D.C. Mayor Muriel Bowser and other city officials are expected to be among those participating in the city’s annual Transgender Day of Remembrance set to take place Monday, Nov. 20, at 5:30 p.m. at the Metropolitan Community Church of Washington.
Similar to past years, organizers say the event will commemorate the lives of transgender people who died at the hands of hate violence in the U.S. and abroad over the past year. The commemoration will include the reading of their names and a brief description of where they lived and the circumstances surrounding their deaths, organizers said.
Among the organizers of the D.C. TDOR is Earline Budd, executive director of the local group Empowering the Transgender Community, or ETC.
A statement released by the Baltimore Transgender Alliance says that group will hold a Transgender March of Resilience on Nov. 20, which it says will be a celebration of the transgender community.
“Traditionally, the 20th of November is Transgender Day of Remembrance, an annual tradition of honoring our dead that started in 1998 following the murder of [Boston trans woman] Rita Hester,” the statement says.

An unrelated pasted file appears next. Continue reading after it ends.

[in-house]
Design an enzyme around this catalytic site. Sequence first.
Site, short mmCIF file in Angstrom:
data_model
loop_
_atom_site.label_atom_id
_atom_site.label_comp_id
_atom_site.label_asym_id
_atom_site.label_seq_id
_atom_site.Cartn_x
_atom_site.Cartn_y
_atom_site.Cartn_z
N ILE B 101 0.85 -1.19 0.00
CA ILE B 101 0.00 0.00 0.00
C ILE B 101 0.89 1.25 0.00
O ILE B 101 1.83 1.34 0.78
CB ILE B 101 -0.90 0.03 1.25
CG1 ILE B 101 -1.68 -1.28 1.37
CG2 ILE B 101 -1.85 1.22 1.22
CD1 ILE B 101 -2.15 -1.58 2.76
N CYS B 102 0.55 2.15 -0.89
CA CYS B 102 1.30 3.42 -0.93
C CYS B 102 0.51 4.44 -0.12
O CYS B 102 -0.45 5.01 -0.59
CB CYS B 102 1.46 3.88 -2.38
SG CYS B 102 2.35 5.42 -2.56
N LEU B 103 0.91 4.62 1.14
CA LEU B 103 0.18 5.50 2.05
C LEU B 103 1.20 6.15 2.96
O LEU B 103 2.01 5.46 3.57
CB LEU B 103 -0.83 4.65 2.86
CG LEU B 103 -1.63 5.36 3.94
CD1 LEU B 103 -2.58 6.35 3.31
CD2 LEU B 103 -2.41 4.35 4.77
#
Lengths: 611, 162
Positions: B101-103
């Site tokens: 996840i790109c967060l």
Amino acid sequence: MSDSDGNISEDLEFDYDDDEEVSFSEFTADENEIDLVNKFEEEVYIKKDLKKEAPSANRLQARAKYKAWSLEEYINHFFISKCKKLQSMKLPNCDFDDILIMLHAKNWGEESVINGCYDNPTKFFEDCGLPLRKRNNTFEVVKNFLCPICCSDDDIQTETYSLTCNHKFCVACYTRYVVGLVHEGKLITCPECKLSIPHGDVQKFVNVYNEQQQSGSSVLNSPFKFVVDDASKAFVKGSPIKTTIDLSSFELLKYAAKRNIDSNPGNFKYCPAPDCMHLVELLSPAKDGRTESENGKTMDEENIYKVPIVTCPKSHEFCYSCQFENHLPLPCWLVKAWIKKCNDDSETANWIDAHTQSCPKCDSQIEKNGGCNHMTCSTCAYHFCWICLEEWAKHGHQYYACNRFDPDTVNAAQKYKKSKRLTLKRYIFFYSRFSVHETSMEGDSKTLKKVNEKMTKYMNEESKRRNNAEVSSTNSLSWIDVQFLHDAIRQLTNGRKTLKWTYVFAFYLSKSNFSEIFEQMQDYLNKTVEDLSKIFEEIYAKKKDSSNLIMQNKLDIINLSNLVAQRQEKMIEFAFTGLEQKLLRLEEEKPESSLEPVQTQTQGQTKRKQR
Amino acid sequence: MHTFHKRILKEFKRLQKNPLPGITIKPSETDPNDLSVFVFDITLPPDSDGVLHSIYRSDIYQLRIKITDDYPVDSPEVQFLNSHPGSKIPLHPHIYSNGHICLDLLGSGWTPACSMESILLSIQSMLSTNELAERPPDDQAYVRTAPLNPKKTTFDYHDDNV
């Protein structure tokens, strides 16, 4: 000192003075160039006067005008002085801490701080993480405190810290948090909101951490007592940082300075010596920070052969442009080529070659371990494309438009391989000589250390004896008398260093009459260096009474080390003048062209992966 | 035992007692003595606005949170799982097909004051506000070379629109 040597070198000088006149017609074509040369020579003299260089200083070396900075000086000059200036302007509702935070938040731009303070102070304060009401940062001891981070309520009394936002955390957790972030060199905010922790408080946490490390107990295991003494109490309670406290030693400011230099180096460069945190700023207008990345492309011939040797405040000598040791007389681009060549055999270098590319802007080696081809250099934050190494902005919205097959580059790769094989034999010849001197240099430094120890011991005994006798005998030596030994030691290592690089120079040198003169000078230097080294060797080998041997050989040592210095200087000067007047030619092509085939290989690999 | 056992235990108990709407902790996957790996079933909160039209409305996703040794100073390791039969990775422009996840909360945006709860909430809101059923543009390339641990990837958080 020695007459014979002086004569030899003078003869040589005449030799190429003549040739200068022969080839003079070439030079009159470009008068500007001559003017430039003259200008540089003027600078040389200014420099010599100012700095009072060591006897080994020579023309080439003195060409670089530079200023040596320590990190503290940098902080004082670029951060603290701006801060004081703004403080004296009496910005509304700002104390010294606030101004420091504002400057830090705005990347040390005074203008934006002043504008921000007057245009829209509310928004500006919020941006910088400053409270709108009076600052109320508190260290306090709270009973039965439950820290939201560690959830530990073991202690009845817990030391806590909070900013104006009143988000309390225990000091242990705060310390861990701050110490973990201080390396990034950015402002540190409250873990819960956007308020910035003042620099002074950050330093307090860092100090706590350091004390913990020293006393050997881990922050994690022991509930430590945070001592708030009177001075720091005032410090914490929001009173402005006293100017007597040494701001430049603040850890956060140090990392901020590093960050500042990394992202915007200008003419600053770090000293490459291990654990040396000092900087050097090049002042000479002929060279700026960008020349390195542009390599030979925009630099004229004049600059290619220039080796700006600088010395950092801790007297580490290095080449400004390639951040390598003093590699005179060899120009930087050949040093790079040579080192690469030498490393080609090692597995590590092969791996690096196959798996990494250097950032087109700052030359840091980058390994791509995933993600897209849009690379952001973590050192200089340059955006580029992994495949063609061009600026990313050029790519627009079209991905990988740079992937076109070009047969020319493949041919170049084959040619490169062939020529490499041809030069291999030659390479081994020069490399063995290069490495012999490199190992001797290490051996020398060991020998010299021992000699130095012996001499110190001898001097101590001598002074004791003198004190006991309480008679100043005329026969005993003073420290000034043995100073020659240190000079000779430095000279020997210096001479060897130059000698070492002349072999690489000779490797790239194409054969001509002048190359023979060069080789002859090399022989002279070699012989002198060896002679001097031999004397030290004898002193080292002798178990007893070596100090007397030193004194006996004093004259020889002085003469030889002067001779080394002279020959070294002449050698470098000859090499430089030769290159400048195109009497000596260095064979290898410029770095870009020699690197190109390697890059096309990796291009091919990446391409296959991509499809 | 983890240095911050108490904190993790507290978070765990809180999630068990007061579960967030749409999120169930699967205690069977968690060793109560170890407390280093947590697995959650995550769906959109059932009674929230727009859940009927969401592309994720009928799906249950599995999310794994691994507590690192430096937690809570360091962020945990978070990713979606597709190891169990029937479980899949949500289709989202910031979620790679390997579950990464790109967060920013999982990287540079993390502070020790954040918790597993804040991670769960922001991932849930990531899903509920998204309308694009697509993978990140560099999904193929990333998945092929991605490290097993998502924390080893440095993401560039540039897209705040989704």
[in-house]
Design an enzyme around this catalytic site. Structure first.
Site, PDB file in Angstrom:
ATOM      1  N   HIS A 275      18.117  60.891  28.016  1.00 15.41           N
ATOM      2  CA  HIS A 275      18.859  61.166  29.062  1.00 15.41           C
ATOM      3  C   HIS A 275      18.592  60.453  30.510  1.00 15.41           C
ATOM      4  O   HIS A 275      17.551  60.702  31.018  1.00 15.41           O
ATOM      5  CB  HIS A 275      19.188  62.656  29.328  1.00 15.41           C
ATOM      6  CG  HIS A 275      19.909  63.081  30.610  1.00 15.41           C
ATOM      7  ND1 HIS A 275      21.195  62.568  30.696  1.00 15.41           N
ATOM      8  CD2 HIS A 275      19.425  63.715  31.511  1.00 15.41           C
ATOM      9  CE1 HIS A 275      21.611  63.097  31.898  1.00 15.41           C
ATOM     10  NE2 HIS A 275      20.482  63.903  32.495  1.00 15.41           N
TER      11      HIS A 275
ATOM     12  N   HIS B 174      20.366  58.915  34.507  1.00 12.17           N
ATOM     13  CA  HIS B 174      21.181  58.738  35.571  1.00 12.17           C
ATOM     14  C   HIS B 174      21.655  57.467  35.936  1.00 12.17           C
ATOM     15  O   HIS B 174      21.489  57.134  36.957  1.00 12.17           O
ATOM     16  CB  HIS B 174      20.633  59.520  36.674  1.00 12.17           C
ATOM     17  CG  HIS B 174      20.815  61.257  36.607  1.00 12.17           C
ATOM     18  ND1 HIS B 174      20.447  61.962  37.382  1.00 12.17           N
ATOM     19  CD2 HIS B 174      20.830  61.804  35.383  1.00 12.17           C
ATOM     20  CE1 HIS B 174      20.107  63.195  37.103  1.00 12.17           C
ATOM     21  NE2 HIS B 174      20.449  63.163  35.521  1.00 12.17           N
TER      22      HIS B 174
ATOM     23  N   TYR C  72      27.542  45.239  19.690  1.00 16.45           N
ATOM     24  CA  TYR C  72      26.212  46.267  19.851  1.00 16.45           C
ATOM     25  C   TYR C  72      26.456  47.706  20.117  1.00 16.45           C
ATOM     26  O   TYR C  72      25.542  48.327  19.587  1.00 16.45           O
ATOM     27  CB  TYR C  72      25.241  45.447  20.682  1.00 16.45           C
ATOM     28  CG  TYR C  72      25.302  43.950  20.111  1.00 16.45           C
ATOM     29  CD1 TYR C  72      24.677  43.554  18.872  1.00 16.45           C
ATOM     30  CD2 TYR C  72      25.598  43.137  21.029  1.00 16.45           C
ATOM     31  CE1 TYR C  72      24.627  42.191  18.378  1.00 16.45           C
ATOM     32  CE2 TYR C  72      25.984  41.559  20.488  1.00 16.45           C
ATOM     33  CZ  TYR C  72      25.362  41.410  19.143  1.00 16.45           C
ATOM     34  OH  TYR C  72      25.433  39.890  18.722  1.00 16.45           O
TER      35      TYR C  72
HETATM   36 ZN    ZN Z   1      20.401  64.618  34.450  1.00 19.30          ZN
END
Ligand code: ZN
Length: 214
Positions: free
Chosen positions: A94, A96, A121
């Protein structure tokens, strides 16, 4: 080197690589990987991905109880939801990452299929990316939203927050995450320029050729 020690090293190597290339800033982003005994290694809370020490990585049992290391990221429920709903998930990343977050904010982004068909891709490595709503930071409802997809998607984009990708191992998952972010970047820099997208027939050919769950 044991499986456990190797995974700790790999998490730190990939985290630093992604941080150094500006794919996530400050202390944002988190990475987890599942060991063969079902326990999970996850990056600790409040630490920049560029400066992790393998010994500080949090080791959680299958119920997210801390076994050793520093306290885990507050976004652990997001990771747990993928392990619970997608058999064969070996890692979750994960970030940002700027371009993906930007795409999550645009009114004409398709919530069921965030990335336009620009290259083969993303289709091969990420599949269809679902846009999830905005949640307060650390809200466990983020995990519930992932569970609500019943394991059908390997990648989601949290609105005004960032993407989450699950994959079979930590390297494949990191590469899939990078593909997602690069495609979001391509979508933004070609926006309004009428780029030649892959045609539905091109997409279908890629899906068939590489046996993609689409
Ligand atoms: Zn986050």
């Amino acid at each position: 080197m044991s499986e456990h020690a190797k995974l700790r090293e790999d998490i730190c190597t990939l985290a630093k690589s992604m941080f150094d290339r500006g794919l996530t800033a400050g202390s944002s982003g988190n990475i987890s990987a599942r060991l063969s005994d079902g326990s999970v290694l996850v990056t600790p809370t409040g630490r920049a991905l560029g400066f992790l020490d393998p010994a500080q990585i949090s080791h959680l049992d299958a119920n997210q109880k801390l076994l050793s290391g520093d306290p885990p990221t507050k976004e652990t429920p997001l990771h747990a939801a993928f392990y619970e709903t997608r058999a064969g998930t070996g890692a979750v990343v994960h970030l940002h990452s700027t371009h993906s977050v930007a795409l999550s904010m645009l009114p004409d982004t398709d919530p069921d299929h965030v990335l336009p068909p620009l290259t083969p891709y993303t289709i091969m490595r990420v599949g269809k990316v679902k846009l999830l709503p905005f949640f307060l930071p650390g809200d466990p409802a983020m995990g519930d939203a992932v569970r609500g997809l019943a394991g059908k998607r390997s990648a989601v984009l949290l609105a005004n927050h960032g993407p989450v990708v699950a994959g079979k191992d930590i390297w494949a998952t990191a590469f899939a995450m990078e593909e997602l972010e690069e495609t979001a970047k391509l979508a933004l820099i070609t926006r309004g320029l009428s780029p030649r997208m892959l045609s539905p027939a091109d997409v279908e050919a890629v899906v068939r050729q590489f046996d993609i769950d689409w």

“This holiday has served our community as a time to mourn and reflect upon the lives senselessly lost to transphobic violence in the previous year,” the statement continues. “However, the impact of silence is lost on those who already feel voiceless – Our tradition, the Trans March of Resilience, subverts this holiday and serves to celebrate the resilience of life in our community,” it says.
The statement says participants in the march will gather at the corner of North and Charles Streets at 5:30 p.m. on Nov. 20. More information about the event and the route of the march can be obtained by contacting Evan Lori Mahone at 410-877-4722 or by emailing email@example.com.
The D.C. and Baltimore transgender events were scheduled to take place one week after the FBI on Monday released its annual hate crimes statistics report for 2016. The report shows that of the 6,121 hate crime incidents reported for 2016, 1,076 were based on sexual orientation bias and 124 were based on gender identity bias.
The Human Rights Campaign, which analyzed the report, noted that the reporting of hate crimes to the FBI by local law enforcement agencies across the country is not mandatory and the numbers released “significantly undercount the incidents targeting LGBTQ people.”
“The Trump administration, state and local jurisdictions must do more to prevent and respond to hate crimes,” said HRC Government Affairs Director David Stacy. “The numbers in this report are harrowing, and we know that a majority of hate crimes go unreported to the FBI and aren’t reflected in this report,” Stacy said.